Telegraph equipment on display at Milford coffee house
MILFORD – After Samuel Morse patented his telegraph in 1837, what was then the most modern communication system in the world came to Milford 12 years later when a line was extended from Nashua, and the first office was located at 22 Nashua St.
Later, the Milford postmaster operated the system in Eagle Hall, where the post office was located, and then town hall when it was built in 1869. From there the telegraph equipment was moved to a shoe store, then to the railroad station and then to Dyer’s Drug Store.
“During World War II, Mr. Raymond Dyer found the number of calls too much to handle,” according to the town history, so Mrs. Arthur Taylor began taking the messages at her home at 7 High St.
The Milford Historical Society has the old equipment and recently lent it to the South Street coffee shop called the Union Coffee Company. On the wall display are microphone/speakers, a transmit/receive switch and other apparatus.
The Historical Society installed the mounting bar at Union Coffee so displays can be easily changed.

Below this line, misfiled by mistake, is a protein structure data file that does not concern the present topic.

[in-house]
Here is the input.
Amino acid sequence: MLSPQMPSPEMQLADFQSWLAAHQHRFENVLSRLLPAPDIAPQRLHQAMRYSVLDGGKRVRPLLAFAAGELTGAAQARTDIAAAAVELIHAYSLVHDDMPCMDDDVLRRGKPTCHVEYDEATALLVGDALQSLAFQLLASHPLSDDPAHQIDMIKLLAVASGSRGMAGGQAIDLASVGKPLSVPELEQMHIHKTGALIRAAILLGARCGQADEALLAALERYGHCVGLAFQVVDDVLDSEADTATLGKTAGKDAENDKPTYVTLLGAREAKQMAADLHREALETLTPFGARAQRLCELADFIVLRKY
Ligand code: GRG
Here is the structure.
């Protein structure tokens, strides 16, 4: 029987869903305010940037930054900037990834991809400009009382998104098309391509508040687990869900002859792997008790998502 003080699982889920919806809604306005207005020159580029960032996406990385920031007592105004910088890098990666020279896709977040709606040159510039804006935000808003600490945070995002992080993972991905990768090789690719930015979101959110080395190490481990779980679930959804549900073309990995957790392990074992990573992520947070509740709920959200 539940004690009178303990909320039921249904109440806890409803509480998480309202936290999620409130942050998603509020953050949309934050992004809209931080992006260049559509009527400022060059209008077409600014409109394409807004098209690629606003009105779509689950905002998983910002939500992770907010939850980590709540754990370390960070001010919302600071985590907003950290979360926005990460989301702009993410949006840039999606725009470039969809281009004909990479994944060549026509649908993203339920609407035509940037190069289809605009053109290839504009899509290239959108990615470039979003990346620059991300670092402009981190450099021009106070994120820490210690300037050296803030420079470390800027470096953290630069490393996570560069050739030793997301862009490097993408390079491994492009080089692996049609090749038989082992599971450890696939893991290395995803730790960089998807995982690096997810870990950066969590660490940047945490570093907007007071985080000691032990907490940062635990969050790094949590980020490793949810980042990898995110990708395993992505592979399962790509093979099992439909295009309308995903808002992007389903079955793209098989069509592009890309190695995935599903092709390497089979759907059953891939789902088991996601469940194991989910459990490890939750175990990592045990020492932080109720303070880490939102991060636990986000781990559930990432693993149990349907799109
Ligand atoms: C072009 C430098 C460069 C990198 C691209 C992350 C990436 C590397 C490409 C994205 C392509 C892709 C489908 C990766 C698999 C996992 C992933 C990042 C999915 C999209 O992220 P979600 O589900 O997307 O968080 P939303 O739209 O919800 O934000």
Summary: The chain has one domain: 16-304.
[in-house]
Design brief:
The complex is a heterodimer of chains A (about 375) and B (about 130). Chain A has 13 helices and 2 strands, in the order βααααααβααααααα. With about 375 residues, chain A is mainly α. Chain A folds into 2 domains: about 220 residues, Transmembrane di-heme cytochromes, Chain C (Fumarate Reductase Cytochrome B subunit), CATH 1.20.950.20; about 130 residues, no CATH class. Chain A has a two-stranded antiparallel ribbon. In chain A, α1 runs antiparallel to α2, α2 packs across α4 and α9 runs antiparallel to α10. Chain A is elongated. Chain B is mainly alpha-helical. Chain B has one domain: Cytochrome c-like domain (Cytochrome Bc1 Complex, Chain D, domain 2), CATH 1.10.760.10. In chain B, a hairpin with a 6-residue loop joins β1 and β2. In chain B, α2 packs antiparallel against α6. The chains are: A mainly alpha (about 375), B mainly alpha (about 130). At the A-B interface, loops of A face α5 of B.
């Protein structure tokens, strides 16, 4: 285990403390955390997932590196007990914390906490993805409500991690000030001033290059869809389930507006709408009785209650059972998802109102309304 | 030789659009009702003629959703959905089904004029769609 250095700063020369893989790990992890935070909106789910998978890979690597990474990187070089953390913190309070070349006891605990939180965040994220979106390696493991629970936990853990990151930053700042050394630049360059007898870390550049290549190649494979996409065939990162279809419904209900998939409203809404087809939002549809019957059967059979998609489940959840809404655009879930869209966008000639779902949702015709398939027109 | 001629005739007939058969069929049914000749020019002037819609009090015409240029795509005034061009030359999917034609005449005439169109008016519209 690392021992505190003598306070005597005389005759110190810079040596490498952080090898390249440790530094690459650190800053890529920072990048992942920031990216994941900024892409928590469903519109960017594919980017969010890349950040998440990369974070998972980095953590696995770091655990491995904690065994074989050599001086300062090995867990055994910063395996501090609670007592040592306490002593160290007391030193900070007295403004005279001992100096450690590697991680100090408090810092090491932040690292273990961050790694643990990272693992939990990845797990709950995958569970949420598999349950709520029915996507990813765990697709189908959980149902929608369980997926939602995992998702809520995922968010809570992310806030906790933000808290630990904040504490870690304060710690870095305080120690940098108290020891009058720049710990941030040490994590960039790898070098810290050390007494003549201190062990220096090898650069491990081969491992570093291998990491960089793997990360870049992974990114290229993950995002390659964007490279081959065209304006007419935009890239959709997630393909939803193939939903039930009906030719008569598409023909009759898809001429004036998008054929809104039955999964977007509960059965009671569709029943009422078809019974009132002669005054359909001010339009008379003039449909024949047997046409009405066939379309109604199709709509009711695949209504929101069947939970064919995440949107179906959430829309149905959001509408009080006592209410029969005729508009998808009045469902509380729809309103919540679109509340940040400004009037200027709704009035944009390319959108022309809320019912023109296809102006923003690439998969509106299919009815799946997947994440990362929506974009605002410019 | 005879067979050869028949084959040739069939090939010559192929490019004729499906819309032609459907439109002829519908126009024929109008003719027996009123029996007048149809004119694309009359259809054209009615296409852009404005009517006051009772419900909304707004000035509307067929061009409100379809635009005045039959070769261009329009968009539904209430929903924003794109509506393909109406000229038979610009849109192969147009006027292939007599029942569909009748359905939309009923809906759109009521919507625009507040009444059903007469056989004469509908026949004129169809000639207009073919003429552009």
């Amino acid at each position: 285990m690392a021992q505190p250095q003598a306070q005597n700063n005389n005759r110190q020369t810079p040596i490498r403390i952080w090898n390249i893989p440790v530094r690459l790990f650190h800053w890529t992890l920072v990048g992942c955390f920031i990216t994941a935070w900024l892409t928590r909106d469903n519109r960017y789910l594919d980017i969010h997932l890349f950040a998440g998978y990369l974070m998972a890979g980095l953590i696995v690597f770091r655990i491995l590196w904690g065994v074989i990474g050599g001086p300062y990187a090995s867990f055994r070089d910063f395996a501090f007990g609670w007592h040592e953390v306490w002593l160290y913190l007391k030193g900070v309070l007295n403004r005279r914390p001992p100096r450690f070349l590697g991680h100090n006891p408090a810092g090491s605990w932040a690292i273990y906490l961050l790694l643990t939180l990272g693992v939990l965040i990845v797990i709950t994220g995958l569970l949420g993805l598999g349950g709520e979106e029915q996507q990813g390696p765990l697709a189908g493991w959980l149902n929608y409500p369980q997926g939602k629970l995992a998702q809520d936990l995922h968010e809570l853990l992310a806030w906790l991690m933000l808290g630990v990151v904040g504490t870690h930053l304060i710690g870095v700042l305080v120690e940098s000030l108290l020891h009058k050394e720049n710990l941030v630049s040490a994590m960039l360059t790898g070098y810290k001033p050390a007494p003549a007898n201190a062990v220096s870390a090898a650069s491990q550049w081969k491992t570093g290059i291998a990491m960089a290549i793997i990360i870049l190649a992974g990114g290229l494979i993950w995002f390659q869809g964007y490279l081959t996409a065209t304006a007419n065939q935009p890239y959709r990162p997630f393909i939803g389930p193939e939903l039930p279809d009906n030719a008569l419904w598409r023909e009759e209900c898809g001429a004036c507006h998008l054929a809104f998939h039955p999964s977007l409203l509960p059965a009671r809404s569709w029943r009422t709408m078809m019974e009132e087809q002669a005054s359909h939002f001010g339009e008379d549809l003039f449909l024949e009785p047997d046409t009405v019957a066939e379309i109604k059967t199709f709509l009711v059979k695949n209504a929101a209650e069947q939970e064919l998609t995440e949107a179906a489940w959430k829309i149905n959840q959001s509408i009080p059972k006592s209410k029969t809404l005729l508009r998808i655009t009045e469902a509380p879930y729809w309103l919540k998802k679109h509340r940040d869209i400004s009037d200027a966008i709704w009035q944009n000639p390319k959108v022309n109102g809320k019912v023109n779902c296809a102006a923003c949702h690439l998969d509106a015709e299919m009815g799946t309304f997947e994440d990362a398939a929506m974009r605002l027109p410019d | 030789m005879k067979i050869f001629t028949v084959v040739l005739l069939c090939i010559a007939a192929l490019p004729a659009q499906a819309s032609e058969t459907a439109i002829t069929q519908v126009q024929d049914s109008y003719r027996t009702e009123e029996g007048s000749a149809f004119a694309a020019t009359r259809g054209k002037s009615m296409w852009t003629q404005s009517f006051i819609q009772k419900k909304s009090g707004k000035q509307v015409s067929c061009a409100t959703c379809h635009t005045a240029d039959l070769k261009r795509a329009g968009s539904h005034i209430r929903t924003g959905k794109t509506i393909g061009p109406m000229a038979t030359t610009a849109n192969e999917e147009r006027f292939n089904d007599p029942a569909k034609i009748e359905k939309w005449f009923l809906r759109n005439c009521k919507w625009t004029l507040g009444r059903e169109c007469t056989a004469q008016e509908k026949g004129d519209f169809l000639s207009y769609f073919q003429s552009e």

“We certainly have a sharp bunch of volunteers with the love of Milford in common,” David Palance, the society’s president, said in an email.
In the 20th century, the telephone gradually replaced the telegraph, and that’s where the Union Coffee Company comes into the story, because the Milford Telephone Company was located in the second floor of the coffee shop’s building.
In the early years of Milford’s phone service, the switchboard was located in a restaurant on the Oval and calls were handled by waitresses. No calls could be done at night or on Sundays when the restaurant was closed.
Eventually the switchboard moved to South Street and the operators were called “Hello Girls.”
A person placing a call would turn a crank on his phone, was answered with a “Hello,” and then gave the operator the name of the party he wished to call.
In 1961 a new dial system eliminated the need for local operators.
At the Historical Society’s Carey House Museum, 6 Union St., there are more displays from Milford history. It is open from 2-4 p.m., April through December, the second Saturday and Sunday of the month.
Kathy Cleveland can be reached at 673-3100 or email@example.com.